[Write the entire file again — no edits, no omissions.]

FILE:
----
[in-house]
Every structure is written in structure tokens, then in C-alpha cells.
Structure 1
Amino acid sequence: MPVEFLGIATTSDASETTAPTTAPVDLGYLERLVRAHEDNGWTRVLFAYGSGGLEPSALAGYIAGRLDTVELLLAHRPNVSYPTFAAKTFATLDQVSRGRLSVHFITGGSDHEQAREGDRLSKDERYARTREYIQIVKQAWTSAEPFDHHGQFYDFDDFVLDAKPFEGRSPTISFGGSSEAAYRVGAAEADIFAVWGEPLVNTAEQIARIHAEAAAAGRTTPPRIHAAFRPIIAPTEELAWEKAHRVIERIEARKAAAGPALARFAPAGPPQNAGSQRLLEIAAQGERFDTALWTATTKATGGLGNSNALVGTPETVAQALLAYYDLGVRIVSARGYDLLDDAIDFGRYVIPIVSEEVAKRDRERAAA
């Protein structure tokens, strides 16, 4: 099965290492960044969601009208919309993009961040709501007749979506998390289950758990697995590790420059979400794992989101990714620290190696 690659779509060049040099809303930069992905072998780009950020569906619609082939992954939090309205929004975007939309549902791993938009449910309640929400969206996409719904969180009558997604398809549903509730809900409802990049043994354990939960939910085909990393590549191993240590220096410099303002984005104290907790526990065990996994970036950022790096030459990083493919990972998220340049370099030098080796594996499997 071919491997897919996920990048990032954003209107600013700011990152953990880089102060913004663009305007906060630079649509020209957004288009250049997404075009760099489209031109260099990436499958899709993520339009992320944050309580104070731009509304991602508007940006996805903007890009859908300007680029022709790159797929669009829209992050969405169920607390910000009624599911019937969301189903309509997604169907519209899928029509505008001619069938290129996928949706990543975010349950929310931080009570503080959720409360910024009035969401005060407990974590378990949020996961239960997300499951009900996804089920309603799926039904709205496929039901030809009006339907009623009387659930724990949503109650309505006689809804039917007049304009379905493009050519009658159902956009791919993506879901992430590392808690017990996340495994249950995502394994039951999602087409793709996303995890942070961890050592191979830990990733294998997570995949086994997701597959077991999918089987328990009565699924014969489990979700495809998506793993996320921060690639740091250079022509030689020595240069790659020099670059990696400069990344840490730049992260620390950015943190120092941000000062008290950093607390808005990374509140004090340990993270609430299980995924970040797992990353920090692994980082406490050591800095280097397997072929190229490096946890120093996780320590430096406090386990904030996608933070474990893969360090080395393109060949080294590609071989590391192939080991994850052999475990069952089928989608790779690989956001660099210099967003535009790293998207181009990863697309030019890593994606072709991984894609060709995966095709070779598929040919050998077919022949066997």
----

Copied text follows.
[in-house]
Every structure is written in structure tokens, then in C-alpha cells.
Structure 1
Amino acid sequence: MPVEFLGIATTSDASETTAPTTAPVDLGYLERLVRAHEDNGWTRVLFAYGSGGLEPSALAGYIAGRLDTVELLLAHRPNVSYPTFAAKTFATLDQVSRGRLSVHFITGGSDHEQAREGDRLSKDERYARTREYIQIVKQAWTSAEPFDHHGQFYDFDDFVLDAKPFEGRSPTISFGGSSEAAYRVGAAEADIFAVWGEPLVNTAEQIARIHAEAAAAGRTTPPRIHAAFRPIIAPTEELAWEKAHRVIERIEARKAAAGPALARFAPAGPPQNAGSQRLLEIAAQGERFDTALWTATTKATGGLGNSNALVGTPETVAQALLAYYDLGVRIVSARGYDLLDDAIDFGRYVIPIVSEEVAKRDRERAAA
């Protein structure tokens, strides 16, 4: 099965290492960044969601009208919309993009961040709501007749979506998390289950758990697995590790420059979400794992989101990714620290190696 690659779509060049040099809303930069992905072998780009950020569906619609082939992954939090309205929004975007939309549902791993938009449910309640929400969206996409719904969180009558997604398809549903509730809900409802990049043994354990939960939910085909990393590549191993240590220096410099303002984005104290907790526990065990996994970036950022790096030459990083493919990972998220340049370099030098080796594996499997 071919491997897919996920990048990032954003209107600013700011990152953990880089102060913004663009305007906060630079649509020209957004288009250049997404075009760099489209031109260099990436499958899709993520339009992320944050309580104070731009509304991602508007940006996805903007890009859908300007680029022709790159797929669009829209992050969405169920607390910000009624599911019937969301189903309509997604169907519209899928029509505008001619069938290129996928949706990543975010349950929310931080009570503080959720409360910024009035969401005060407990974590378990949020996961239960997300499951009900996804089920309603799926039904709205496929039901030809009006339907009623009387659930724990949503109650309505006689809804039917007049304009379905493009050519009658159902956009791919993506879901992430590392808690017990996340495994249950995502394994039951999602087409793709996303995890942070961890050592191979830990990733294998997570995949086994997701597959077991999918089987328990009565699924014969489990979700495809998506793993996320921060690639740091250079022509030689020595240069790659020099670059990696400069990344840490730049992260620390950015943190120092941000000062008290950093607390808005990374509140004090340990993270609430299980995924970040797992990353920090692994980082406490050591800095280097397997072929190229490096946890120093996780320590430096406090386990904030996608933070474990893969360090080395393109060949080294590609071989590391192939080991994850052999475990069952089928989608790779690989956001660099210099967003535009790293998207181009990863697309030019890593994606072709991984894609060709995966095709070779598929040919050998077919022949066997």